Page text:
Call war what you will -- it's still folly
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War always makes more sense in theory than it does in practice. In fact, wars don't make any sense at all when waged by Nobel Peace Prize winners.
The rap against President Barack Obama is that he has failed to present a coherent rationale for taking military action against Libya without formally consulting Congress.
That's a well-earned rebuke for our 44th president. The no-fly zone imposed over Libya by the United States and its allies lacks even the usual justification for nonsensical wars.
As the Libyan war enters its second week, cracks in the alliance are following the usual post-colonial pattern of blundering and obfuscation:
• The Americans believe their own hype that it will be a short war and that the term "war" is a misnomer. One Obama administration official described the "non-war" over Libya as a "kinetic military action." Mr. Obama promised to hand responsibility for the war to NATO within days and that America would remain engaged as a junior partner.
• The Brits say as politely as they can that the Americans are delusional and that the "kinetic military action" in Libya could go on for 30 years or more.
• Germany is recalling two frigates and an aerial surveillance crew deployed in the Libyan theater. It doesn't want to get drawn into the war if NATO assumes command. Germany also abstained from the United Nations vote to impose a no-fly zone over Libya.
• Italy wants NATO to assume control of the military operation and has threatened to take back control of its bases if that doesn't happen.
• Everyone hates the French, especially after they called for a committee of foreign ministers from Europe, the U.S. and the Arab League to oversee the military operation. The French don't want NATO to take political or military control.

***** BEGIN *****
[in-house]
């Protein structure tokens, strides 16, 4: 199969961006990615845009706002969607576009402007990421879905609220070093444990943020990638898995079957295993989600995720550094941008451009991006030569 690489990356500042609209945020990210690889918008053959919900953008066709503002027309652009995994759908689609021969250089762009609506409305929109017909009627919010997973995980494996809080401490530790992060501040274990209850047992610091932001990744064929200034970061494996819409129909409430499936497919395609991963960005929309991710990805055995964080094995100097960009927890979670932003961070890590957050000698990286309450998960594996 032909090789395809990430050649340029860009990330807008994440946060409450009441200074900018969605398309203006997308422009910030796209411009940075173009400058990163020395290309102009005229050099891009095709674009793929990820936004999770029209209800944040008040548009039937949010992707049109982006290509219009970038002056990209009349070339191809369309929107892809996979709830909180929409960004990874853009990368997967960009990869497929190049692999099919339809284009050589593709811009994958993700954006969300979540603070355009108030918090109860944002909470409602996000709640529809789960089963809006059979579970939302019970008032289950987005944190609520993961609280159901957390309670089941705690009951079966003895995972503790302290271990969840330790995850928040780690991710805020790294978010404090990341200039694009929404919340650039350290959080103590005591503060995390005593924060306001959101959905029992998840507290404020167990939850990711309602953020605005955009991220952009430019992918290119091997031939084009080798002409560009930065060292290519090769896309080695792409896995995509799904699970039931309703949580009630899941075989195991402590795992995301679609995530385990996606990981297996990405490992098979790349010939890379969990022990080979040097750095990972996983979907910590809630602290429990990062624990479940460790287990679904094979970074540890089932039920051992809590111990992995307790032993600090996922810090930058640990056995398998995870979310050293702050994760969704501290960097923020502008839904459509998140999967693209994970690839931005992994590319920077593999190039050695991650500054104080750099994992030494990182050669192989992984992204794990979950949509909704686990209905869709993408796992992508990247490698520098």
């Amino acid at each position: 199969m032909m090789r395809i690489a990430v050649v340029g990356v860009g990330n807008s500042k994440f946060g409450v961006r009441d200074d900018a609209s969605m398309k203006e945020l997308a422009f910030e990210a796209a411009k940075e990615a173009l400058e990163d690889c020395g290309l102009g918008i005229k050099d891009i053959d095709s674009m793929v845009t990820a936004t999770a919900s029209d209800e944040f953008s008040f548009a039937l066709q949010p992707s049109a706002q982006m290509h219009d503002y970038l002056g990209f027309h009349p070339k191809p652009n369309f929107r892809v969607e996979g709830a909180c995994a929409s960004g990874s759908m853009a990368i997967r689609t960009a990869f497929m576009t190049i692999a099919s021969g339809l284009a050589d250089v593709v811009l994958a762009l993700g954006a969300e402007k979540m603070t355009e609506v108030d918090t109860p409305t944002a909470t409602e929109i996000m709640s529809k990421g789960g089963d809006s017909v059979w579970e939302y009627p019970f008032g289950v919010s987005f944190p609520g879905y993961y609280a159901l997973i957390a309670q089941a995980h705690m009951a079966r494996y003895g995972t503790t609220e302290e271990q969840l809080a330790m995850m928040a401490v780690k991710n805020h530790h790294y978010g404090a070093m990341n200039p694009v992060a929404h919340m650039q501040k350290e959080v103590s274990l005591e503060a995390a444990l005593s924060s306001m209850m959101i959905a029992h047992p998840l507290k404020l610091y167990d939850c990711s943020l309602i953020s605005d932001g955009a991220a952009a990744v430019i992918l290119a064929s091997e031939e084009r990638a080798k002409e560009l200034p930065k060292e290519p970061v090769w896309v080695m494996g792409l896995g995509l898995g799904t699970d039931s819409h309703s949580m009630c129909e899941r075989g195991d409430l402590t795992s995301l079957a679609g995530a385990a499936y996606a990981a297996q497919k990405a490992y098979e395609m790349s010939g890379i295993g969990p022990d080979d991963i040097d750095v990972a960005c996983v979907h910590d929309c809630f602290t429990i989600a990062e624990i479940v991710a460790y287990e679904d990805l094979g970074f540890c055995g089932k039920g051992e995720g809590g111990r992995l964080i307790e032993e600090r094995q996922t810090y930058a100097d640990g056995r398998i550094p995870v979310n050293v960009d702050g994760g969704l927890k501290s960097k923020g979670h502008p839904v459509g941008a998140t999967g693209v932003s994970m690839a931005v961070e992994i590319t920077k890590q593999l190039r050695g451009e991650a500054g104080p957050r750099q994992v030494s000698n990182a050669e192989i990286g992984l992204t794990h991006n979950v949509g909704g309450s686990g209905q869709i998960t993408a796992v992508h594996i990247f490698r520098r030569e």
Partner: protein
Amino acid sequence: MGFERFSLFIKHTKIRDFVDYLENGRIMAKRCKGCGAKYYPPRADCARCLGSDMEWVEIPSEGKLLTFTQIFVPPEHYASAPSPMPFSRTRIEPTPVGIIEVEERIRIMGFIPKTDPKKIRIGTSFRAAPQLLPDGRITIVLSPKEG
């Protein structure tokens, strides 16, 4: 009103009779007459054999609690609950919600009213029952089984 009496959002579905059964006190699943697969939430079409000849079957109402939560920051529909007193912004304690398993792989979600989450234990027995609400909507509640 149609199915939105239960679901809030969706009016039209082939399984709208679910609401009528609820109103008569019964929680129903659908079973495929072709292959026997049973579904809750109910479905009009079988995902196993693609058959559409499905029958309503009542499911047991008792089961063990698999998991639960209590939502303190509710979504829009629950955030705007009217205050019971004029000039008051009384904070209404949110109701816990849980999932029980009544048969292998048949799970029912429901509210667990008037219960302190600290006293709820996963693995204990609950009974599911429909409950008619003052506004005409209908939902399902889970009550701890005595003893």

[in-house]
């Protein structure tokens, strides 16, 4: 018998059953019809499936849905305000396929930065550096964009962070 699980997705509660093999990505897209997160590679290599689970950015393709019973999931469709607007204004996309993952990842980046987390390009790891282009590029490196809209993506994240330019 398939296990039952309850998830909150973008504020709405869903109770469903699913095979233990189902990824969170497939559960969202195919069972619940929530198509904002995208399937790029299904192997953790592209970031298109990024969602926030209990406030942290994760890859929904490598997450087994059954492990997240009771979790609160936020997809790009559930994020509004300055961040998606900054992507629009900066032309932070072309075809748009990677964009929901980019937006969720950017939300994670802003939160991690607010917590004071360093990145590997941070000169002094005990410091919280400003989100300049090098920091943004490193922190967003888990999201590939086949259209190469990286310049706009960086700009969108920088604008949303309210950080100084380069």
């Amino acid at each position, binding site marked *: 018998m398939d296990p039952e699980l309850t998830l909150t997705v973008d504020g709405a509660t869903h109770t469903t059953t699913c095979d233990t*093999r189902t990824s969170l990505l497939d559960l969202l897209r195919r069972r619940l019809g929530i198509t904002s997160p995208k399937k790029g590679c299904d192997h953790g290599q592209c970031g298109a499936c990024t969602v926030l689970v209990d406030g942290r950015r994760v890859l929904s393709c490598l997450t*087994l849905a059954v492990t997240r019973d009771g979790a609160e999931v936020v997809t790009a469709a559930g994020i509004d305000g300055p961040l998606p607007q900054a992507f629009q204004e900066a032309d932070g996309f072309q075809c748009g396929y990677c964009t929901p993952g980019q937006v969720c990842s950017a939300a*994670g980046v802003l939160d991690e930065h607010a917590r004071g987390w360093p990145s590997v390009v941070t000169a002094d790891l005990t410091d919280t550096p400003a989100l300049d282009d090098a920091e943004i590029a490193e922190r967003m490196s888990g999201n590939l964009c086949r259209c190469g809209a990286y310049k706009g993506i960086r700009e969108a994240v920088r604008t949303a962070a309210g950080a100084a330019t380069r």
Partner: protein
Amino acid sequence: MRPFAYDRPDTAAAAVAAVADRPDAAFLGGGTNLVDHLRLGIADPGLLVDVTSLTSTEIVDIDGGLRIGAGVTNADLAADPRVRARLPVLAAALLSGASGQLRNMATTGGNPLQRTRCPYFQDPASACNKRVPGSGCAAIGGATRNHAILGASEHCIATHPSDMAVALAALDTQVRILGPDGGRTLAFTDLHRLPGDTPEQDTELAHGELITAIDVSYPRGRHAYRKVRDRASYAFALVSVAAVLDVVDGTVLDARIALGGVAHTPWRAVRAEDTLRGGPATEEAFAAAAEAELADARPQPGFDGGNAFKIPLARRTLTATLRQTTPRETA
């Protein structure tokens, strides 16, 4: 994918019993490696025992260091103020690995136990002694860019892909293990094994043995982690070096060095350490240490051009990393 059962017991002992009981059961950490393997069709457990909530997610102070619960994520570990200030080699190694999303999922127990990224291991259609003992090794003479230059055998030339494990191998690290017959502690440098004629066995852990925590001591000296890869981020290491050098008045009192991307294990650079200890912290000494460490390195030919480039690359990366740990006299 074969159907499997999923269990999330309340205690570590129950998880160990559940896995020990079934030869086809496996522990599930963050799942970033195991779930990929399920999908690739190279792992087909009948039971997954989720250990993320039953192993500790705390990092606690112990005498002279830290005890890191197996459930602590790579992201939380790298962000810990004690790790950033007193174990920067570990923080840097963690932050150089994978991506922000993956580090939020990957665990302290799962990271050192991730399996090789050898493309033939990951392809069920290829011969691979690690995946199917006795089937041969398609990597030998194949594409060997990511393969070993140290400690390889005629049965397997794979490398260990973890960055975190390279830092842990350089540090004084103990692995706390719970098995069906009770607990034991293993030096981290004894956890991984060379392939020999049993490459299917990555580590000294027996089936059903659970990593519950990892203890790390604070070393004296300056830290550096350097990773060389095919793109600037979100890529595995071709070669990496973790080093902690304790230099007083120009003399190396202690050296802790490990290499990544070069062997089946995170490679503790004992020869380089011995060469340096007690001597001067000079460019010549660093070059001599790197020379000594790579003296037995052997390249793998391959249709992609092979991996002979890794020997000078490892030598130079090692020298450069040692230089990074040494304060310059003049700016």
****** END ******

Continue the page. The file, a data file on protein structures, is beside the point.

• The Brits have suggested that the most efficient way to avoid a long, drawn-out conflict in North Africa is to assassinate Col. Moammar Gadhafi. Feigning shock, the Obama administration insists that it won't go beyond the U.N. mandate. The last thing our Nobel laureate war president wants to be accused of is trying to kill someone implicated in terrorist acts.
• Despite giving its blessings, the Arab League has yet to commit one plane to the operation. Meanwhile, the Russians describe the bombing of Libyan forces as a "crusade" that targets innocent civilians.
• China continues pouring its money into its infrastructure and its education system. It leaves the dirty work of being a world superpower to its American and European rivals. After all, you can't grow your economy if you're constantly bogged down in stupid and nonsensical wars. Every communist country knows that.
Eventually, the Libyan offensive by the great Western powers will collapse like a soufflé in the desert.
Predictably, the allies will point fingers at each other for not understanding the nature of war. They'll accuse each other of lacking a realistic plan to deal with Col. Gadhafi. In the end, the American taxpayer could be on the hook for several billion dollars a month to maintain a tenuous stalemate in a divided Libya.
Mr. Obama can take solace in the fact that the wars during his watch wouldn't be going well under any president, no matter his or her party. Wars are difficult to wage, especially for Nobel laureates.
The Republicans hypocritically berate Mr. Obama no matter what he does, despite the fact that their half-baked plans would fare just as miserably. There is no winning scenario when it comes to military intervention in Libya.
It is impossible to point to a war in the last 4,000 years that has gone according to the best-laid schemes of the generals, despots, popes, madmen, kings and presidents who have launched them.
There's a slipperiness to war that always defies the logic of those who presume to know what they're doing. There's too much flesh and blood churning in the machine to guarantee a particular outcome.
Ask Napoleon. Ask Darius of Persia. Ask Hannibal about "kinetic military action." They'll tell you a story as old as the world itself.
First Published March 25, 2011 7:26 am